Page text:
I saw Seattle’s Hey Marseilles and LA’s Sea Wolf at a fairly new club in Boston’s Fenway section. The bands were both excellent and well-matched in terms of musical ability and compositional quality. They both favor strings and poetic songs about nature.
I’d never heard of Hey Marseilles before last night, but I liked them quite a lot. Not only do they have a built-in string section (violist Jacob Anderson and cellist/bassist Sam Anderson), but they have trumpet/bass clarinet/percussionist Patrick Brannon to add exotic accents to their already colorful music. They reminded me strikingly of The Decemberists with their jaunty “Rio” (everyone on stage was clapping percussively).
Singer Nick Ward has clear, confident pipes and the sound quality of this club space was crystalline. The band trotted out music from their forthcoming album, which shows a real progression musically from their past work. Besides the aforementioned “Rio”, I really enjoyed the B-side “Cafe Lights” from last year’s Elegy. Keep a watch out for these guys, they show great promise.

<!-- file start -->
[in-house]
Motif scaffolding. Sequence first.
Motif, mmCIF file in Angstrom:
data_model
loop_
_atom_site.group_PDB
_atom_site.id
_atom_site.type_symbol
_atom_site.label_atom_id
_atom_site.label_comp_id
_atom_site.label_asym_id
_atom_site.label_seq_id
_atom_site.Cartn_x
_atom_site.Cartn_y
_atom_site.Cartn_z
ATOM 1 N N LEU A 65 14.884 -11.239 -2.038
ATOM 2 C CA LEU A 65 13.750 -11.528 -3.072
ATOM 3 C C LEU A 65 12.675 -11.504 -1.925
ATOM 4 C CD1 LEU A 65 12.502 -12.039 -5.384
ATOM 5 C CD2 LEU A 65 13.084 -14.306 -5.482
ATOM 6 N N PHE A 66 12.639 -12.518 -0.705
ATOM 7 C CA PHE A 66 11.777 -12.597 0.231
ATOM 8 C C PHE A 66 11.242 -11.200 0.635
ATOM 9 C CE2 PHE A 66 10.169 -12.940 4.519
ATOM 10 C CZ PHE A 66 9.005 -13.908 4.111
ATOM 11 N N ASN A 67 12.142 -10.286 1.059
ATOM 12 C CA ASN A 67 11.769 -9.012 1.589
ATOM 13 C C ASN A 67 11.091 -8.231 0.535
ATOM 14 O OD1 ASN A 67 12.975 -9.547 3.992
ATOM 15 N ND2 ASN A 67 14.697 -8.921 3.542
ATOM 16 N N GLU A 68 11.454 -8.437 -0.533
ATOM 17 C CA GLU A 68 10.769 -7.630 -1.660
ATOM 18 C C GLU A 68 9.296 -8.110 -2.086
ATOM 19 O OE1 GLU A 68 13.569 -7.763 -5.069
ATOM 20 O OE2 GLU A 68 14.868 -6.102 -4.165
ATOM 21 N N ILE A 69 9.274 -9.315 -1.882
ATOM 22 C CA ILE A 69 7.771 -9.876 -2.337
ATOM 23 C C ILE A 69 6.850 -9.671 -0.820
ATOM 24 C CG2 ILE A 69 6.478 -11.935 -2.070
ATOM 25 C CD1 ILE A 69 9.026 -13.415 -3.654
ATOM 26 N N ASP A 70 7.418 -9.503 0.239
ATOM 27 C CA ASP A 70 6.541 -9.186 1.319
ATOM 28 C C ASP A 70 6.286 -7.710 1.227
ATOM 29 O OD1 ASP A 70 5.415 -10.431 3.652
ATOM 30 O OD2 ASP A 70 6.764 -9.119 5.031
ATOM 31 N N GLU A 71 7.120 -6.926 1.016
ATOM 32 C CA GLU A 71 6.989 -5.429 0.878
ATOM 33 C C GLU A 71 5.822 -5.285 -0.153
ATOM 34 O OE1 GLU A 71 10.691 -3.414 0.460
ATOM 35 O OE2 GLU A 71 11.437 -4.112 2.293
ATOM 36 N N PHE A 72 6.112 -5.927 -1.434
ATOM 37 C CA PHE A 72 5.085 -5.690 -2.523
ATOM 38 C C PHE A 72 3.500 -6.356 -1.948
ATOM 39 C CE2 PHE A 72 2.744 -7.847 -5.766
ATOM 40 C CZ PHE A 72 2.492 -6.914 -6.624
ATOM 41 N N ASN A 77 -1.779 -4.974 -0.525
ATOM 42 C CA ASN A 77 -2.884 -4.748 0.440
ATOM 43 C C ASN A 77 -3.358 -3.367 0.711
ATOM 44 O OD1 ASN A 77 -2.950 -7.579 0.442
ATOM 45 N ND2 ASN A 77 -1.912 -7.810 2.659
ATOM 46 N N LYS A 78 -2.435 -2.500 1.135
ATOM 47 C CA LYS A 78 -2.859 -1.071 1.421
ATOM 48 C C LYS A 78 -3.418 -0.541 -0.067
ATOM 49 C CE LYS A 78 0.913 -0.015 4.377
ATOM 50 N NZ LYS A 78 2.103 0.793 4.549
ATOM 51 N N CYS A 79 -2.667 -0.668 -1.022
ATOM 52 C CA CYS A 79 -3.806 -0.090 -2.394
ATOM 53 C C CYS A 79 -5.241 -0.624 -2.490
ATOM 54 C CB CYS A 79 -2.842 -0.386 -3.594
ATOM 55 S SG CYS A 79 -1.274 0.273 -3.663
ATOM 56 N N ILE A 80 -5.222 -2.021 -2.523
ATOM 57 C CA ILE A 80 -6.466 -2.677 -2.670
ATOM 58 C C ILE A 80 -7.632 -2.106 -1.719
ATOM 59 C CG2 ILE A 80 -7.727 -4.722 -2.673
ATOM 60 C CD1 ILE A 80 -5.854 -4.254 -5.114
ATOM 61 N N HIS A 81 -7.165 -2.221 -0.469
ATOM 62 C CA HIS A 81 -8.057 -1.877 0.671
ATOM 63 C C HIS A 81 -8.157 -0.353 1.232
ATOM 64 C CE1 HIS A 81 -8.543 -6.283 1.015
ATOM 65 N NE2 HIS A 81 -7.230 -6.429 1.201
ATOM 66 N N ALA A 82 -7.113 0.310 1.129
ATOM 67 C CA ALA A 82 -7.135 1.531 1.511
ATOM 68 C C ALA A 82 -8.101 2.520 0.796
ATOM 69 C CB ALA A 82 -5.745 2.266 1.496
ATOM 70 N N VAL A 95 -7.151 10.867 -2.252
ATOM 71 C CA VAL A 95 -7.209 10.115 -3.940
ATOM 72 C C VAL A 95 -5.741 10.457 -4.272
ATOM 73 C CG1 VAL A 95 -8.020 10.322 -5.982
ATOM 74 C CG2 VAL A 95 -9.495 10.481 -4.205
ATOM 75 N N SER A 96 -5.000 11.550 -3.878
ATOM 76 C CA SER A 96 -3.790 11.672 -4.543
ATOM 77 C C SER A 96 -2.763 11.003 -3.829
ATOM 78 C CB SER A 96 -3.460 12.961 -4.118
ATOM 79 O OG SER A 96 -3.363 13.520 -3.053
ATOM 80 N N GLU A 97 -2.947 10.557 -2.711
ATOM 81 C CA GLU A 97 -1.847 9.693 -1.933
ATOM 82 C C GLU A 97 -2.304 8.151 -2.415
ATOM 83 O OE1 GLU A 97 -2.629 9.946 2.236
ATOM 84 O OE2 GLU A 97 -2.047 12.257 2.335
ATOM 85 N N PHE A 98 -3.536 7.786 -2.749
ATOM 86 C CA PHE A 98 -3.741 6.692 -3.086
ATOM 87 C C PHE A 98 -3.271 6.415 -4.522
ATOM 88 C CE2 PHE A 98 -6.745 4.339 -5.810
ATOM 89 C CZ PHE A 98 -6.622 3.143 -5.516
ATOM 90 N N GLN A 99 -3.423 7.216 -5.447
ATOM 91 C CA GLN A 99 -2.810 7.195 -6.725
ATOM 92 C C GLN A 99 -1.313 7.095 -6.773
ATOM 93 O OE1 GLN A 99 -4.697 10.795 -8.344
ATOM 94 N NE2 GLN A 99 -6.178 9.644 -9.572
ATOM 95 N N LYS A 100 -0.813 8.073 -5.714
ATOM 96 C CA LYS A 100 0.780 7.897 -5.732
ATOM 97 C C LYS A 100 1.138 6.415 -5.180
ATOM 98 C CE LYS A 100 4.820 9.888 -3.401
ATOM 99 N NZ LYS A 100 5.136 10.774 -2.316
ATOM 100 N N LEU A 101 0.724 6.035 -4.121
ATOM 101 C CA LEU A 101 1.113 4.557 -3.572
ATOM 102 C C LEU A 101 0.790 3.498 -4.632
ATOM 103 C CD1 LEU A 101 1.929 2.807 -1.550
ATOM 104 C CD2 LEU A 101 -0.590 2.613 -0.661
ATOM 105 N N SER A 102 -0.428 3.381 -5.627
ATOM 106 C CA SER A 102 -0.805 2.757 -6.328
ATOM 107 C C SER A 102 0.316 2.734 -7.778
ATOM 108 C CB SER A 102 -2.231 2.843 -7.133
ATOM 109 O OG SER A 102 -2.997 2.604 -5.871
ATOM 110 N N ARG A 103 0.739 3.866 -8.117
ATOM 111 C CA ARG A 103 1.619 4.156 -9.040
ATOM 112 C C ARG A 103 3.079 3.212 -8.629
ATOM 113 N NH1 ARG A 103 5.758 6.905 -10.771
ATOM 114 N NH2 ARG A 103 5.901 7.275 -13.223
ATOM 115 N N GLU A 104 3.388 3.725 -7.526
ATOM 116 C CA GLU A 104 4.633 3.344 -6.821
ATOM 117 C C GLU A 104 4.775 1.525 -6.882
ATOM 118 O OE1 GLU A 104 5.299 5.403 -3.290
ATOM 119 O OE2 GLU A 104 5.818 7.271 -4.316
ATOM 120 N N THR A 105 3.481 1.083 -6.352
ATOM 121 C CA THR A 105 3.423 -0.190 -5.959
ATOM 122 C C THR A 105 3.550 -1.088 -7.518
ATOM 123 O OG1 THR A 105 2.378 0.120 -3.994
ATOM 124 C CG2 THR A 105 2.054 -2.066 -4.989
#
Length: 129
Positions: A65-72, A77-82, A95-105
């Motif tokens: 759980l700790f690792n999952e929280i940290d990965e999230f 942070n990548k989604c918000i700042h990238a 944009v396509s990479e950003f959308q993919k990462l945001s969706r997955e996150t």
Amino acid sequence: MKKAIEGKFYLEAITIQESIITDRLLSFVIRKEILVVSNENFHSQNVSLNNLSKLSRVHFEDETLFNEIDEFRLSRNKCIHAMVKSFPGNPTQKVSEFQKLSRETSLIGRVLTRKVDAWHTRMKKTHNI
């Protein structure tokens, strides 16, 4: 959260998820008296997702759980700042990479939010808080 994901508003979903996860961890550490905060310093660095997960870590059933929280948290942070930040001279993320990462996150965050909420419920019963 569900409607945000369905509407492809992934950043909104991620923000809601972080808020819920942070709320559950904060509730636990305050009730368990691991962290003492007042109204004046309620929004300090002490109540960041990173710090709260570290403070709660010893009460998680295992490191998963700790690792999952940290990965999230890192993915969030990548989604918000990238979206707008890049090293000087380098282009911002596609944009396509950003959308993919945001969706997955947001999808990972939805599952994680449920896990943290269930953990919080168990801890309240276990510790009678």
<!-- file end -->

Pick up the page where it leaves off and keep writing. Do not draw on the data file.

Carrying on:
Sea Wolf is essentially talented singer/songwriter and multi-instrumentalist, Alex Brown Church. He wrote, produced, and engineered nearly everything on the band’s new album, Old World Romance. And while he was riveted to his acoustic guitar all evening, you never forgot who was minding the store. Still, his touring band includes the excellent Lisa Fendelander, who simulated flutes and strings along with deftly played keyboards. Apparently a cellist toured with them this summer, and I was a tad disappointed that the fellow from Hey Marseilles didn’t join them on stage. Drummer Joey Ficken provided the back beat, sounding at times like a drum machine, but there was nothing artificial about his often understated beats.
The band opened with “Miracle Cure” from their new album, and treated the audience to an expertly played and earnestly sung set mixing songs from all three of their albums, including the elegant “Priscilla”.
Alex Brown Church’s delicate paens to family, romantic longing, and nature resonated with me, and there is much to like about his work. He seems earnest, affable, and deeply appreciative that people came out to see him. While his work has been featured on TV and on movie soundtracks, it doesn’t seem to have gone to his head. I’ve always been keen on his early single, “You’re a Wolf”, and they closed the set with it, tacking on three songs in the encore.
All in all, it was an enjoyable show and I recommend checking these bands out.
All photos by Elizabeth Klisiewicz.